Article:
Playhouse to return this summer, but with changes

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The Thousand Islands Playhouse is going ahead with its season this summer, but it will feature limited seating, fewer plays and a livestreaming option, it announced Wednesday.

The Gananoque-based theatre company, which cancelled its season last summer because of the pandemic, will offer four plays (two of which were on last summer’s schedule), starting in July and running through October, in the Firehall Theatre, the smaller of its two theatres. The company will also offer four livestreams of each play for those who don’t feel comfortable returning indoors.

For those who do, attendance will be capped at 50 people for each performance. The theatre typically holds up to 130 patrons.

Each play will run without an intermission and be up to an hour and a half in length. The seats, paired together, will surround three sides of the stage — what’s known as a “thrust” configuration — and be spaced two metres apart.

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When they arrive, ticket-holders will enter a tent set up outside the Firehall Theatre and check in at the box office (there won’t be physical tickets, though). They will then be assigned a table inside the tent, at which they can sit until they’re ushered into their seats, similar to how an airplane boards its passengers, and do the same when it empties.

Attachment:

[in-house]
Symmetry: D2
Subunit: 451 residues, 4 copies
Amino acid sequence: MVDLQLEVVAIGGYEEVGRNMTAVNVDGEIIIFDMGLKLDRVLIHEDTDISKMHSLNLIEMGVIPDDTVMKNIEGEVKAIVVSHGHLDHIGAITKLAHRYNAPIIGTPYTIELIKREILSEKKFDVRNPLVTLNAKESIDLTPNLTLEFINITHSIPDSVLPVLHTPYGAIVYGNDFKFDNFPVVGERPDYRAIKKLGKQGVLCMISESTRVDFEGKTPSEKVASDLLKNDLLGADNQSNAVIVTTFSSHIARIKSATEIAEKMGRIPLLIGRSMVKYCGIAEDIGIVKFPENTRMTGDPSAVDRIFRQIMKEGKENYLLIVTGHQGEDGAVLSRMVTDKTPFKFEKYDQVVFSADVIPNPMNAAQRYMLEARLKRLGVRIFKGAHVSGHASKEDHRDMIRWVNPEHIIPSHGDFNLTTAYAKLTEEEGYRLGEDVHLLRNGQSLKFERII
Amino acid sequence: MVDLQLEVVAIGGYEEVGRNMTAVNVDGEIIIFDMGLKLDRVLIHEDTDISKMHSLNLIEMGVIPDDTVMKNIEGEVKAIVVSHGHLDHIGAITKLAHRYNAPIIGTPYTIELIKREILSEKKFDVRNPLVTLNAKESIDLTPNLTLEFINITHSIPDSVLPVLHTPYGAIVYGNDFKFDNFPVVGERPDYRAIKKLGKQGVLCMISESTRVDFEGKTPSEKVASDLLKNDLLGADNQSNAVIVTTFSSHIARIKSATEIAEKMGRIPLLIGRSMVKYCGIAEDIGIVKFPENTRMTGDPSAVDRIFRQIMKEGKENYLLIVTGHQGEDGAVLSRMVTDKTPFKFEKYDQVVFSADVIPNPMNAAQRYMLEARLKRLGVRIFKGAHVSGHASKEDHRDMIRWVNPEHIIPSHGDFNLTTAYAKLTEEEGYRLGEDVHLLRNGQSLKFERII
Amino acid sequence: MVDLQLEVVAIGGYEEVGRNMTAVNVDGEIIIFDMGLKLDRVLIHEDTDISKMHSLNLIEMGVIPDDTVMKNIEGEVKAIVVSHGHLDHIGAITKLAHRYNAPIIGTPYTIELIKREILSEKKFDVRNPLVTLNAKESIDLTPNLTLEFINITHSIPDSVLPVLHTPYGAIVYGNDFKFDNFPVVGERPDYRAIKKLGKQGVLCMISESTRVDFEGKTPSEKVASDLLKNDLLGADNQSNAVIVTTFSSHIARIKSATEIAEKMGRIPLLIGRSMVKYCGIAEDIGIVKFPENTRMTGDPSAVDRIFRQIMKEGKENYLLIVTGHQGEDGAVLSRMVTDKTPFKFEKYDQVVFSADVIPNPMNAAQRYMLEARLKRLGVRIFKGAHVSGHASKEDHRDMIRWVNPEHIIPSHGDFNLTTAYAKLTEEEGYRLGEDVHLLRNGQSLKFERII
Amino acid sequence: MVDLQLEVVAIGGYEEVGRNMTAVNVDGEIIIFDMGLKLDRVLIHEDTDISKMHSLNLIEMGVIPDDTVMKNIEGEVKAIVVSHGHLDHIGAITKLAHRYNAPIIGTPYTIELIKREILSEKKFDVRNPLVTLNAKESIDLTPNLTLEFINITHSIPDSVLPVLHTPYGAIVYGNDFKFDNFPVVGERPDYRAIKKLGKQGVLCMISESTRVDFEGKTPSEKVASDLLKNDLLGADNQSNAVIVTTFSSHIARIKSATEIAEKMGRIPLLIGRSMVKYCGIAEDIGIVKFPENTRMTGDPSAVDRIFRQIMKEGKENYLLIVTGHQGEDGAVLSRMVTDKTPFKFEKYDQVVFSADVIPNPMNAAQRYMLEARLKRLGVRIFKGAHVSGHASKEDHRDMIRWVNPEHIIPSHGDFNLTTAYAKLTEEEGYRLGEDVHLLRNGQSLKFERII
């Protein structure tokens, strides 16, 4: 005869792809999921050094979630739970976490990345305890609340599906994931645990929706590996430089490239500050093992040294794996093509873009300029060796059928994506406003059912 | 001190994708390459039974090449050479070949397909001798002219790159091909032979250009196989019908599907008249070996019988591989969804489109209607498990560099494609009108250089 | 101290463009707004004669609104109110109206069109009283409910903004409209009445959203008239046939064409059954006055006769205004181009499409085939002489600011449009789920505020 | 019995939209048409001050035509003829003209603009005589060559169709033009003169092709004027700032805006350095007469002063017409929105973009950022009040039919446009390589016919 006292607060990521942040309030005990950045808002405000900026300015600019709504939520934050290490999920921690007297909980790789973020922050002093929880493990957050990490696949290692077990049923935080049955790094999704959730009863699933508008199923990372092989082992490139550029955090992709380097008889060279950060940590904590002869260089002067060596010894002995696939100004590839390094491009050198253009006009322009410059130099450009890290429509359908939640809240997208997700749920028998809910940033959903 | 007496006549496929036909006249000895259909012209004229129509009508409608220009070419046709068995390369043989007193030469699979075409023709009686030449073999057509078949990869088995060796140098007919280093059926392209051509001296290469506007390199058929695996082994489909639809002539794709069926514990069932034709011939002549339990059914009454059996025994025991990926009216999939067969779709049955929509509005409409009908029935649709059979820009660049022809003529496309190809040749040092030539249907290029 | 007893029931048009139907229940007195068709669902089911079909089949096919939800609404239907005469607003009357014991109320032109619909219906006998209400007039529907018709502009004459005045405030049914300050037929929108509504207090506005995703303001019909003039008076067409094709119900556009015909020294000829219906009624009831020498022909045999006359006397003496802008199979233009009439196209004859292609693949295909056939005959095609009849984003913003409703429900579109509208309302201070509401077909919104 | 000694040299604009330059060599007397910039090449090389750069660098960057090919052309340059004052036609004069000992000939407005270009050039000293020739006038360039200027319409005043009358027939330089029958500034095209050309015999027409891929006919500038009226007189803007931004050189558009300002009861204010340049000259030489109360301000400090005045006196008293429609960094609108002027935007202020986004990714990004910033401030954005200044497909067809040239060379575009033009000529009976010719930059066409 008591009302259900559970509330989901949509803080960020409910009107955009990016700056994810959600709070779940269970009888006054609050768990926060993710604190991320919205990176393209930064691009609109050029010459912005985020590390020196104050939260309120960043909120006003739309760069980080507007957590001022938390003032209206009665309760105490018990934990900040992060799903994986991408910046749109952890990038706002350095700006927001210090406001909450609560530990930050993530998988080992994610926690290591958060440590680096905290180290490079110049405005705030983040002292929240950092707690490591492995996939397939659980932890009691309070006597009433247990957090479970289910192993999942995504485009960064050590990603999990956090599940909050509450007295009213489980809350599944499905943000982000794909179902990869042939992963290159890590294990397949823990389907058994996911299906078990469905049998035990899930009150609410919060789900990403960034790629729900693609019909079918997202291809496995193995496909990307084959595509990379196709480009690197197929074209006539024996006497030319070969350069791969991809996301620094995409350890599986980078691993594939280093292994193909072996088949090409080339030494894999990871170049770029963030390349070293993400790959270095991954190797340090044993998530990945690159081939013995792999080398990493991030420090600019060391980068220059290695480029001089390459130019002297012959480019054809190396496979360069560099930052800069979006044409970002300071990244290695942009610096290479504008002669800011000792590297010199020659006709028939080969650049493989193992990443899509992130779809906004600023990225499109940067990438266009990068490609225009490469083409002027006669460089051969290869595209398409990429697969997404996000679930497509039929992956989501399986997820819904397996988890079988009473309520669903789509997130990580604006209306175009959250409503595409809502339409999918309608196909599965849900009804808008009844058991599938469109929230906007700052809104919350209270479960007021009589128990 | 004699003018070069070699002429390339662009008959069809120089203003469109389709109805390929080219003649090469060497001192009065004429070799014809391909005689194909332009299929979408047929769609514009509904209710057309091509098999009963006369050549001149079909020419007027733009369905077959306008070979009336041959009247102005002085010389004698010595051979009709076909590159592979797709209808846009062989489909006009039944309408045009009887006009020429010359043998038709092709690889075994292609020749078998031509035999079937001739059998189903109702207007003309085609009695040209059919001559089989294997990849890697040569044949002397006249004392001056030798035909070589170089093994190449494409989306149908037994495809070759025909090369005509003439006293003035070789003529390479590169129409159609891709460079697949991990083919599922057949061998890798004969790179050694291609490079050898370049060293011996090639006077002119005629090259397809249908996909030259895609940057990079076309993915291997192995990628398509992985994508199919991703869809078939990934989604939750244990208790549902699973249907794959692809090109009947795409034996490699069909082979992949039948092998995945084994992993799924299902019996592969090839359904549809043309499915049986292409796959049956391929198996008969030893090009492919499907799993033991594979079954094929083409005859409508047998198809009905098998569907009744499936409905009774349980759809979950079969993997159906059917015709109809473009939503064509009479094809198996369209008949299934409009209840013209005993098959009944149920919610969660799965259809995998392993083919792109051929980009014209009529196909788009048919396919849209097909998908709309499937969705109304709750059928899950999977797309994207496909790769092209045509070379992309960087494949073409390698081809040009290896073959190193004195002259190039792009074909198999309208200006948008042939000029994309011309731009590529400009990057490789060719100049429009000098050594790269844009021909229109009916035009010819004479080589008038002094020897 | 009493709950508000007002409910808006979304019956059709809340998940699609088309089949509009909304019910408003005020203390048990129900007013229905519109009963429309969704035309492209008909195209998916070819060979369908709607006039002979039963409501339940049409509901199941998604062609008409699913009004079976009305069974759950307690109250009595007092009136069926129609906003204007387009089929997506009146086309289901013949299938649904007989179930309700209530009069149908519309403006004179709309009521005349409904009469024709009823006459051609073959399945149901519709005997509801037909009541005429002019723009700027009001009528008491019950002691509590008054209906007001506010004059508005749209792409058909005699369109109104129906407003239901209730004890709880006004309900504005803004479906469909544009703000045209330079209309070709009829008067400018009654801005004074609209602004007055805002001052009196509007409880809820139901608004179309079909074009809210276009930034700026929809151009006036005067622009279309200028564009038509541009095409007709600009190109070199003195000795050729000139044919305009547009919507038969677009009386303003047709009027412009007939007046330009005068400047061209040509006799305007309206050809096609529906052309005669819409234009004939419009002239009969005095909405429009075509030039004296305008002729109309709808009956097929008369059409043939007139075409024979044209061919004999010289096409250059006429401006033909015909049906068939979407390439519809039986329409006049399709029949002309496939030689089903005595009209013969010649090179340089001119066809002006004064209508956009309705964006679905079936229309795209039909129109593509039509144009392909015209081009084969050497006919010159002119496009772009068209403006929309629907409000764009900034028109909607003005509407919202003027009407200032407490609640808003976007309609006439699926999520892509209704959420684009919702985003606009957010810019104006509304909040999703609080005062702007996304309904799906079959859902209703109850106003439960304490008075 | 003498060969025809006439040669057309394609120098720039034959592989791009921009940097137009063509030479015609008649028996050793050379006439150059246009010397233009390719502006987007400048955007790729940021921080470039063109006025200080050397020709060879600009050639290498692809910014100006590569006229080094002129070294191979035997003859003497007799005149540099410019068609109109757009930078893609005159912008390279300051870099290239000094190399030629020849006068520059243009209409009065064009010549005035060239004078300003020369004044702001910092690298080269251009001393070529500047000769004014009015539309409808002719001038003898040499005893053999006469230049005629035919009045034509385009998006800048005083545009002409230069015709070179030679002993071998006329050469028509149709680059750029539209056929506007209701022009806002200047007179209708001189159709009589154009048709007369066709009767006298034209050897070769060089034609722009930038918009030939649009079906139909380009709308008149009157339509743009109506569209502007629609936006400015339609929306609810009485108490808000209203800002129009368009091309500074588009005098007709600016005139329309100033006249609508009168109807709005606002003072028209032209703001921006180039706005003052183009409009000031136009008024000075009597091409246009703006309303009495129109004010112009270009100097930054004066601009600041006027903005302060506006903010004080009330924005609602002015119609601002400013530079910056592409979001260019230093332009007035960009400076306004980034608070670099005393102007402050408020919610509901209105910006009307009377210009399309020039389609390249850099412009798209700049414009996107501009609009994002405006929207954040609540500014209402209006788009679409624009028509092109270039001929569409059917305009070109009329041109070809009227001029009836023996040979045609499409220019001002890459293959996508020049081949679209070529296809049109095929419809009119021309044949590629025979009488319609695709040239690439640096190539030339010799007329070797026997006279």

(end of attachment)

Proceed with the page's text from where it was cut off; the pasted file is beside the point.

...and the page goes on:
Brett Christopher, the managing artistic director of Thousand Islands Playhouse, said he and his staff, whom he managed to keep employed throughout the year, have kept a close eye on COVID-19 developments.

“A few months ago, I said, ‘I feel like in terms of the arc of vaccination, in terms of the trajectory of the virus-vaccine trajectory, that we might actually be able to do this safely in our theatre rather than creating outdoor theatre or taking another year off,’” he recalled over the phone. “So we started making plans.”

Staff looked at everything from putting on pop-up plays to building a stage in the parking lot beside the lakeside Springer Theatre.

“The more I went over it, that’s when I went back to my team and said, ‘Is there some way that we can realistically offer a safe experience indoors? Because then we get the sound, we get lighting, we get to build full sets, all of the pieces. It’s not just about the performers; it’s all of the pieces that are the experience. Outdoor theatre is a thing, it’s just not what we do,” he said.

“So we could have done that, but then it’s a temporary pivot, for lack of a better term, away from what we traditionally do as opposed to what we’re calling a kind of evolution in terms of our process from the past.”

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Part of that evolution is the offer of streaming performances that can be viewed online. Those performances will not have an audience in the seats, and the actors will address the cameras as they would members of the audience. The theatre has been upgraded with $20,000 worth of equipment, he said.